American Association of Cardiovascular and Pulmonary Rehabilitation. Guidelines for Pulmonary Rehabilitation Programs, 2nd ed. Champaign, IL: Human Kinetics, 1998.
Brannon, F. J., M. W. Foley, J. A. Starr, and L. M. Saul. Cardiopulmonary Rehabilitation: Basic Theory and Application, 3rd ed. Philadelphia: F. A. Davis, 1998.
Camp, Pat G. et. al. "Quality of Life After Pulmonary Rehabilitation: Assessing Change Using Quantitative and Qualitative Methods." Physical Therapy 8, no. 10 (October 2000).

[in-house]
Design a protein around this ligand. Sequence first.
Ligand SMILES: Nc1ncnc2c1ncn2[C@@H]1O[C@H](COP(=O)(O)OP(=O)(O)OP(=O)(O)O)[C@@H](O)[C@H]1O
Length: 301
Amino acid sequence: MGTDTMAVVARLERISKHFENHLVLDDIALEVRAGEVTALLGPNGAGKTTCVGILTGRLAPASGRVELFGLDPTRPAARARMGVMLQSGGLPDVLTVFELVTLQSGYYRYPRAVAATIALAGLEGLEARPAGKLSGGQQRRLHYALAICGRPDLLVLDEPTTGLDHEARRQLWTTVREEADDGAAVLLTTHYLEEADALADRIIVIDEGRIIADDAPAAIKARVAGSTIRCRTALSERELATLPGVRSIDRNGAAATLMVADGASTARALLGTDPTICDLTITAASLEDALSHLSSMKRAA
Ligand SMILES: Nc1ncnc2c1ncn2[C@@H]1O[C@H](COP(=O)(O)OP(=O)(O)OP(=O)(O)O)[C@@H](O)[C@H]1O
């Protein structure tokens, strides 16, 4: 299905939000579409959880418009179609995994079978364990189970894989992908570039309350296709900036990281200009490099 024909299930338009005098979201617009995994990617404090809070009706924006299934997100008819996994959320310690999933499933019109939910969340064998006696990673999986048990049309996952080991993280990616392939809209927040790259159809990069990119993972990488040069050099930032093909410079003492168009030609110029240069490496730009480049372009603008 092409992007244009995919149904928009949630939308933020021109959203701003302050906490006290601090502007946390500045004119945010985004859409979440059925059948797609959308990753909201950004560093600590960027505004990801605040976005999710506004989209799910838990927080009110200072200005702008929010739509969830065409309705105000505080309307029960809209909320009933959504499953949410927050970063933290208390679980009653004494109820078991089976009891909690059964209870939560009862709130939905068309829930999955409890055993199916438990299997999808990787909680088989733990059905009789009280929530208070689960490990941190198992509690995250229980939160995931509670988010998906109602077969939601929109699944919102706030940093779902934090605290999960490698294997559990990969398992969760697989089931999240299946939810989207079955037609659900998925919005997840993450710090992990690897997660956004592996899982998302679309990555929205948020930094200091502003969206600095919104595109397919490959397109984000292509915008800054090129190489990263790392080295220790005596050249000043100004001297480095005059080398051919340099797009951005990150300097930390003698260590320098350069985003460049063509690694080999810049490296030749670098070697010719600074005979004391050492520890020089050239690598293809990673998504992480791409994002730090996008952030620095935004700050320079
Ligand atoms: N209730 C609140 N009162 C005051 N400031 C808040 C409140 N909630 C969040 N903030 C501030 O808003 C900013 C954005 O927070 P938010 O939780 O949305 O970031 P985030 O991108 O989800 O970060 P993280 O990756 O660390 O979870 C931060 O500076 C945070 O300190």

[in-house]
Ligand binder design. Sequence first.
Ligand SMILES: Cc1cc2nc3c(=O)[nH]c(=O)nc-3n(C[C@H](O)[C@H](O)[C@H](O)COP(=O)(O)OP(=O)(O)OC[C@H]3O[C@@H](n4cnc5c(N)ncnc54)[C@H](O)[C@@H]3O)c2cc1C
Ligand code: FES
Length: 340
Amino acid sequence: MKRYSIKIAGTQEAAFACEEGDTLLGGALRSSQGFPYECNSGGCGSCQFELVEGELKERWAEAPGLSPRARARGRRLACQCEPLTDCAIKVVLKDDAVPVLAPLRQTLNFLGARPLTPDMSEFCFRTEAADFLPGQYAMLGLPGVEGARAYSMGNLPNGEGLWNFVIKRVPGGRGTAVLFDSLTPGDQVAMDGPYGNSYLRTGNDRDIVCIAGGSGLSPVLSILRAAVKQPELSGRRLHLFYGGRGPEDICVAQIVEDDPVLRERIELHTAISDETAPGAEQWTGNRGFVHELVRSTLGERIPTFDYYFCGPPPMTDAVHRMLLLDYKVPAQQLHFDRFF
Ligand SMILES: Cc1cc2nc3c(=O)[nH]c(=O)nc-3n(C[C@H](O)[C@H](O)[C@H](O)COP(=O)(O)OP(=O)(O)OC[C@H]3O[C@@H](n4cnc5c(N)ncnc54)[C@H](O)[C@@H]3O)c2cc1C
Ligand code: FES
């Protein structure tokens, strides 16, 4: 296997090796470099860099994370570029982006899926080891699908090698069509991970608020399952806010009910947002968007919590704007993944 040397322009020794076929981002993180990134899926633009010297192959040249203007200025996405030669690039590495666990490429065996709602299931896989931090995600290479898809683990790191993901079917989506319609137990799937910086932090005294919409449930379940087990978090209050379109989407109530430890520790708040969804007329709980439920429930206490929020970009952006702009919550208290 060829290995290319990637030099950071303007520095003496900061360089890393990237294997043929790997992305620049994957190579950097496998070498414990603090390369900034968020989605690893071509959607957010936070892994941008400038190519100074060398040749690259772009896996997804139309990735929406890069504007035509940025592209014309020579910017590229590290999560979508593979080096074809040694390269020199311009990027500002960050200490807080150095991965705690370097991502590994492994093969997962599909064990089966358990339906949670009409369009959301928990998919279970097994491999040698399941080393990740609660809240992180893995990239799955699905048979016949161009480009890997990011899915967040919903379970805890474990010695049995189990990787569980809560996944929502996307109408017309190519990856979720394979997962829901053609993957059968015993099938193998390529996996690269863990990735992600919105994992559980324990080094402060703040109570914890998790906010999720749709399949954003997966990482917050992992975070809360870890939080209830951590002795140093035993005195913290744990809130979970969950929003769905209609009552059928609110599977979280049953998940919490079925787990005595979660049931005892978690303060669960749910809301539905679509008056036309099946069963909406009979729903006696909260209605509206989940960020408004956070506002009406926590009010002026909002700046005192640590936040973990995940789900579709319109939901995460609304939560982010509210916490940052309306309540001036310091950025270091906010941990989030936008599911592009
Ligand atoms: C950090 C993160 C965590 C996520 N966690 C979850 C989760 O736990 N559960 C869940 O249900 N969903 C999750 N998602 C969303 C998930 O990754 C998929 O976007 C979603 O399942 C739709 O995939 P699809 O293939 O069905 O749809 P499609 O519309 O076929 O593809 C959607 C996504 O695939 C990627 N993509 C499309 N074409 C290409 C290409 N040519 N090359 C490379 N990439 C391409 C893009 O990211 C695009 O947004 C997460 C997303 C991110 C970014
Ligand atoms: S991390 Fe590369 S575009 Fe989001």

Celli, Bartolome R., MD. "Pulmonary rehabilitation for COPD: A practical approach for improving ventilatory conditioning." Postgraduate Medicine 103, no. 4 (April 1998).
American Association of Cardiovascular and Pulmonary Rehabilitation (AACVPR). 7600 Terrace Avenue, Suite 203, Middleton, WI 53562. (608) 831-6989. <http://www.aacvpr.org/>.
American College of Chest Physicians (ACCP). 3300 Dundee Road. Northbrook, IL 60062-2348. (847) 498-1400.
American Physical Therapy Association (APTA). 1111 North Fairfax Street. Alexandria, VA 22314. (703) 684-2782. <http://www.apta.org>.
Mayo Clinic Web site. <http://www.mayoclinic.com>.
Diane Fanucchi, B.A., C.M.T.